But that should in no way detract from the huge opportunities on offer in other key South Asian markets. Pakistan is a case in point. This is a developing market with a young population of around 186 million. It also has an emerging middle class which recognises and trusts British products and brands because of the enduring links between our two countries, and we’ve set a target to grow our trade to £3 billion by 2015.
It’s a similar story in Sri Lanka where, 5 years since the end of the war, this economy is one of the fastest growing in the region. Not only are there massive opportunities here for us to boost our exports across all sectors, but also build on the UK’s strategic advantage as Sri Lanka’s go-to partner in Higher Education and technology.
The same goes for other countries like Nepal and Bangladesh, who are looking to strengthen their competitiveness in the years ahead. For many, improving infrastructure is a top priority – with major inv[estments being made across the region in transport, energy and communications.
There’s also a strong focus on skills training, as well as increasing access to better healthcare, particularly in more remote regions. In Britain, we have the knowledge and business capabilities – a lot of it represented here tonight – to help meet these challenges.
This isn’t just about the usual global names going out there to become even bigger.
There is a genuine gap here for British SMEs in every sector and UK region to get involved and seal their own deals. UK Trade and Investment stands ready to offer whatever support companies may need, with on-the-ground operations in India, Pakistan, Bangladesh and Sri Lanka.
We’ve also put together an ambitious package of export-finance support. This includes an increased focus on smaller exporters, as well as doubling the size of our Direct Lending Scheme to £3 billion. We’ve also extended a new £1 billion line of credit for businesses looking to invest in Indian infrastructure projects.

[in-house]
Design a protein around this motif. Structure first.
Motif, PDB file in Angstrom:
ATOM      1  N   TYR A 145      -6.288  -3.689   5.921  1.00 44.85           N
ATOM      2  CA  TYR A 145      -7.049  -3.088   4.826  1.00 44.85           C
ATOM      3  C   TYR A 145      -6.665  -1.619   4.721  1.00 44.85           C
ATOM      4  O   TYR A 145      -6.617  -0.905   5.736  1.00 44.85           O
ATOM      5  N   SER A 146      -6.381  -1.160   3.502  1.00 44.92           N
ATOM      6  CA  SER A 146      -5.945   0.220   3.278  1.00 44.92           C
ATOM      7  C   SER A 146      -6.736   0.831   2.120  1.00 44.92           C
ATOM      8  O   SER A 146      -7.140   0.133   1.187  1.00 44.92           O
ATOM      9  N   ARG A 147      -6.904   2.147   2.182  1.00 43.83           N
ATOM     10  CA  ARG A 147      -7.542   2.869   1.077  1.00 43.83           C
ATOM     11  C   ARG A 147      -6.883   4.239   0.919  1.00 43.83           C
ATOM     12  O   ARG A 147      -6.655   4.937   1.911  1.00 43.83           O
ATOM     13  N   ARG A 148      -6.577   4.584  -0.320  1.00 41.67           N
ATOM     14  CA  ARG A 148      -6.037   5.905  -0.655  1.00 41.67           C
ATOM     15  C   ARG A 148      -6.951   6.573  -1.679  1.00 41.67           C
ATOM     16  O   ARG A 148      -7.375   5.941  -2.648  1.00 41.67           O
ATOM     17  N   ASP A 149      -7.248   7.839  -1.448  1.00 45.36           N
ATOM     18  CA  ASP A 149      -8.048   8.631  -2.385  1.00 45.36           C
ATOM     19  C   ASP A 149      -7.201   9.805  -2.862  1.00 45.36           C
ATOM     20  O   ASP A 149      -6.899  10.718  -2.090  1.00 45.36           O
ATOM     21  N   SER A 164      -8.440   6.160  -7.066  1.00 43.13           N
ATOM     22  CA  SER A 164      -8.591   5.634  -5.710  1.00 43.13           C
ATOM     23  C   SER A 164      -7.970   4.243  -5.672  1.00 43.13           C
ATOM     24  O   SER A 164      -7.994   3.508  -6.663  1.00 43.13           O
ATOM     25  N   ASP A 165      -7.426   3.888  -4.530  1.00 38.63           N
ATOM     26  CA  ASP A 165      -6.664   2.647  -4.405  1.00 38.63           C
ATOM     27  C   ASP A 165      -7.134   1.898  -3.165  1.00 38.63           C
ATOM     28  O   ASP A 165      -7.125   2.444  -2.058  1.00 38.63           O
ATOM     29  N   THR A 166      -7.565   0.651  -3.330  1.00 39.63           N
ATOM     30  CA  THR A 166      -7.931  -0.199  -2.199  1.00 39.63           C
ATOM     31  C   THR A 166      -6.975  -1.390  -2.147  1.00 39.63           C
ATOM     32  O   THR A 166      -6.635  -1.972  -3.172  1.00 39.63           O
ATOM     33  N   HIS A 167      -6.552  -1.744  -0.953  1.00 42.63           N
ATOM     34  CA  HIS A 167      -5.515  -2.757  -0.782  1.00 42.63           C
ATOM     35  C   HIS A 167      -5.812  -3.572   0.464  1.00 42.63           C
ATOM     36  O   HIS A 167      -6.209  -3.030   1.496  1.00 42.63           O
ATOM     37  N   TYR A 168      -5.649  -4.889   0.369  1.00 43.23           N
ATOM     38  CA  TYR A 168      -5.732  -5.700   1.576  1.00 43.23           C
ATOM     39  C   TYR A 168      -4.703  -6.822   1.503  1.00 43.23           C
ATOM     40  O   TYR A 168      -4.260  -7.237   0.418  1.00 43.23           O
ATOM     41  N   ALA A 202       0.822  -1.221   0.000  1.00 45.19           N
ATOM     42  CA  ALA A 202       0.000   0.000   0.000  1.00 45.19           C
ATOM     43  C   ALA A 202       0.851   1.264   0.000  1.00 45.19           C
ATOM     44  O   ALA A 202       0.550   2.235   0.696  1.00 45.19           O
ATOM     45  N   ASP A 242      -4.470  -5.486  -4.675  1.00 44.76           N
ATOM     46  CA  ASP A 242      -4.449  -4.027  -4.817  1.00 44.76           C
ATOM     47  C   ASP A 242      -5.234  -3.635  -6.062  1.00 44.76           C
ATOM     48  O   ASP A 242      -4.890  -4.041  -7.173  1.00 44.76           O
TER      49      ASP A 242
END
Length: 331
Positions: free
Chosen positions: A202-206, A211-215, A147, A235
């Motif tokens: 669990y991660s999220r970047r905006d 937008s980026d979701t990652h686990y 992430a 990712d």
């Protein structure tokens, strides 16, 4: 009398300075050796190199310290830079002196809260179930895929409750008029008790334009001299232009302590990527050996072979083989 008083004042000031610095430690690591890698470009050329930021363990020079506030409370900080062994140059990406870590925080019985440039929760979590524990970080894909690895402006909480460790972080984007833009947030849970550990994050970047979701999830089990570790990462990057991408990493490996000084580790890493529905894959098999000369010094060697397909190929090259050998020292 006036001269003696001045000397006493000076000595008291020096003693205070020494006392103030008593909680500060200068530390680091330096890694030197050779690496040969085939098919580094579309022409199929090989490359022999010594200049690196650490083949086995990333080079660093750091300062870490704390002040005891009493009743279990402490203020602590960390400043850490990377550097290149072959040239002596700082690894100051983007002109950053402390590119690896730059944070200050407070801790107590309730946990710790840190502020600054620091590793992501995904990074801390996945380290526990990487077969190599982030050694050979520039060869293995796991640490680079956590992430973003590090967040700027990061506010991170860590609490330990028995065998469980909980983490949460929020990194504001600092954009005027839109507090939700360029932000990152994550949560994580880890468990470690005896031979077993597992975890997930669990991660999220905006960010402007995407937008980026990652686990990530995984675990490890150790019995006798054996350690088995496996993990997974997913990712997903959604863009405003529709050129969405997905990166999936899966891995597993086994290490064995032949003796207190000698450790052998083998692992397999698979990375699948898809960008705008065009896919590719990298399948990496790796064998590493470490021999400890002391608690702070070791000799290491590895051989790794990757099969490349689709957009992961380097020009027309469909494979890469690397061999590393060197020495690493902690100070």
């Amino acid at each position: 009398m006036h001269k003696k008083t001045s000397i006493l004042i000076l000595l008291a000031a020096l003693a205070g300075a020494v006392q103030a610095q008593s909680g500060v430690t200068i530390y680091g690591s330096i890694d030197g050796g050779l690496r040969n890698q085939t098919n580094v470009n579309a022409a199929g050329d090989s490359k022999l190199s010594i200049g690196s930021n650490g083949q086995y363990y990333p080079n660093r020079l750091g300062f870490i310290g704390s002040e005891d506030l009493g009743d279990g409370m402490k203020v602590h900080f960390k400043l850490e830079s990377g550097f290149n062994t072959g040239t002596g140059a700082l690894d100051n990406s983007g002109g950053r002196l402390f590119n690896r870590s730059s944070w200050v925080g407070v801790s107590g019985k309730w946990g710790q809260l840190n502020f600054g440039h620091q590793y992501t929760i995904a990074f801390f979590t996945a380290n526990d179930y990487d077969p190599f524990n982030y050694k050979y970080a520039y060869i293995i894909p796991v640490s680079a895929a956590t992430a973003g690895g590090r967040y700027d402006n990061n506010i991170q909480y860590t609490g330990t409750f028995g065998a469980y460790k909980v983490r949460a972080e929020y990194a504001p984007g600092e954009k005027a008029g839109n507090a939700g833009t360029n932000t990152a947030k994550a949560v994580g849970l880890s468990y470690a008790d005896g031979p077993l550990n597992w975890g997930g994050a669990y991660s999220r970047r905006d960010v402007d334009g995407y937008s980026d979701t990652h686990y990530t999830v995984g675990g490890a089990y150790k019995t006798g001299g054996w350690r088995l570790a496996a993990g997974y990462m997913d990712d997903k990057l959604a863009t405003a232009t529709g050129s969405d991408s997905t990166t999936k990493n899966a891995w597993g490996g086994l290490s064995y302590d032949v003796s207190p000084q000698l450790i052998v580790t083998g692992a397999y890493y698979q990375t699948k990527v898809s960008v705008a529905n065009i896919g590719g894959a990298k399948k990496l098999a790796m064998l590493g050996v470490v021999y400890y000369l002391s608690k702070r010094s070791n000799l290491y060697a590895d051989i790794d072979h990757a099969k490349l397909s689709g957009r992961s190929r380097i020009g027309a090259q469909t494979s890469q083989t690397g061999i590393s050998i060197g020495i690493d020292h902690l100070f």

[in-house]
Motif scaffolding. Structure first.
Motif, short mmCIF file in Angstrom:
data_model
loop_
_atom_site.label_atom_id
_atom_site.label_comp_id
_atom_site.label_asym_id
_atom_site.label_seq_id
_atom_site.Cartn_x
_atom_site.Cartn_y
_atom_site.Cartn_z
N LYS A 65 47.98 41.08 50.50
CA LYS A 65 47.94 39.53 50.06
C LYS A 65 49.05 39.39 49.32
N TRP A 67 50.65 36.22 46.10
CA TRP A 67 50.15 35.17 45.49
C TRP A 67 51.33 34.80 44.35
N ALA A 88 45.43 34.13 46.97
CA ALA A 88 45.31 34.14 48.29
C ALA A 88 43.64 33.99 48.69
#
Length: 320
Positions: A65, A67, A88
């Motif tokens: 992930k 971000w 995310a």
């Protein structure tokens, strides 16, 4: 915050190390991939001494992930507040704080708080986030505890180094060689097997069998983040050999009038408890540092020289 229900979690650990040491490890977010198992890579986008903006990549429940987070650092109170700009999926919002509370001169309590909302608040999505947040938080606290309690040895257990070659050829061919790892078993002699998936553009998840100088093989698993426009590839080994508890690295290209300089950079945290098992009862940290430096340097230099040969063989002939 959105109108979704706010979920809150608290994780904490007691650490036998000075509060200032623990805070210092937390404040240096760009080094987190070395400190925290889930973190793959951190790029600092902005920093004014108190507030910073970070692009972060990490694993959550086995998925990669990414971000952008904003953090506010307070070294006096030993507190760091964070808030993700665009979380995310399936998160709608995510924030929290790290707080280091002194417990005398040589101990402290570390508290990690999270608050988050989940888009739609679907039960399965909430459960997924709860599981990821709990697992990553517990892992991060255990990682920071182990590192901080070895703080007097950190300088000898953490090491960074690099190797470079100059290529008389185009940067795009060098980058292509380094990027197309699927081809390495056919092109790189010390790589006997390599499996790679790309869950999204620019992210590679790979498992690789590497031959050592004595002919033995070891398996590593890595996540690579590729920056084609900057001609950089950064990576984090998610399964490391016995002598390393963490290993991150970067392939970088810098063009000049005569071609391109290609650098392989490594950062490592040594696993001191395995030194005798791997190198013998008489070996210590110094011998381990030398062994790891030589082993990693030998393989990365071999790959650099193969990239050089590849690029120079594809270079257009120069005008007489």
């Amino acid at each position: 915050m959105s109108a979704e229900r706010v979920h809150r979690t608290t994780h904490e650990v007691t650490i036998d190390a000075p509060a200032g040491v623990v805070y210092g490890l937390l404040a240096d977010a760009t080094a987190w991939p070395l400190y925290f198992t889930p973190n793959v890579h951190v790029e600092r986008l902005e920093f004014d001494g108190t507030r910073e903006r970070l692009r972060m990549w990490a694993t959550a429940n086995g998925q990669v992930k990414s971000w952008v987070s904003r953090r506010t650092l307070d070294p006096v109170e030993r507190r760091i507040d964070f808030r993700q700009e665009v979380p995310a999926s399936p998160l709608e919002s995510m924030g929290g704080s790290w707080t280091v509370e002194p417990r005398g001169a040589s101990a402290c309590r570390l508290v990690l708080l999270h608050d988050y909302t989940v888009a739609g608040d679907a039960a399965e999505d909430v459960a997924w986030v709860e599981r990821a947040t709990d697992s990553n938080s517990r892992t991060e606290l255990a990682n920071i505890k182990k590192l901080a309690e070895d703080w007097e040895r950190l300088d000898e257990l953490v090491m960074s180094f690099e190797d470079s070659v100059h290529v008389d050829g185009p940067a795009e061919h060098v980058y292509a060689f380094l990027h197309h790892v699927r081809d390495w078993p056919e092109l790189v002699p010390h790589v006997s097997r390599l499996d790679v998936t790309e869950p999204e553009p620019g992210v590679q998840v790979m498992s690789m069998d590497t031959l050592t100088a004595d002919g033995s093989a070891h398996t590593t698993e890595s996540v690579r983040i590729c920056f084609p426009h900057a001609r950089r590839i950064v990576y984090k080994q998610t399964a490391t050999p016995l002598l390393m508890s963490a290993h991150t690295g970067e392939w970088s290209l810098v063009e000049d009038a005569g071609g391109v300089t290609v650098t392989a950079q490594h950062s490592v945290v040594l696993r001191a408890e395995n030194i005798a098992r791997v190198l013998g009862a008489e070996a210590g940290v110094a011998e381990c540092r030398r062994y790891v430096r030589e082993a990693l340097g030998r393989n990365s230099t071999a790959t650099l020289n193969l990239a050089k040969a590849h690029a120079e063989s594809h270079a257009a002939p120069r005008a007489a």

Export Week is running from 10 to 14 November: find out more about the help and support on offer from UKTI.
We just need more people to follow your lead in taking that leap. This is where we need your help. Your connections to South Asia whether through family, work or education are some of our greatest assets.
Dadabhai Naoroji Awards
That’s why I was so proud to launch the first-ever Dadabhai Naoroji Awards this year. These Awards are designed to both honour Naoroji’s legacy - as an Asian hero, proud Liberal and Britain’s first Asian MP and businessman - and celebrate individuals who have contributed to reinforcing our country’s links with India today.
I hope to see more of your names amongst the nominees and winners next year.
Find out more about the winners of the Dadabhai Naoroji Awards.
These links create a closeness and strength which cannot be manufactured, and can help more UK businesses unlock the opportunities emerging within South Asia. For example, over 1.2 million British citizens have family connections with Pakistan, while the UK is home to the second largest Indian Diaspora community in the world.
So I’d ask you and organisations like the ABA to continue to work with us, sharing your expertise with other British companies.
Your experiences can help us inspire more businesses to grow their businesses abroad, enabling Britain to secure the stronger economy and fairer society we need for the future.
In conclusion, please keep up your incredible work. The support is here, the expertise is here and we are committed to backing you all the way: creating new jobs, boosting trade and driving growth in the UK and across South Asia for decades to come.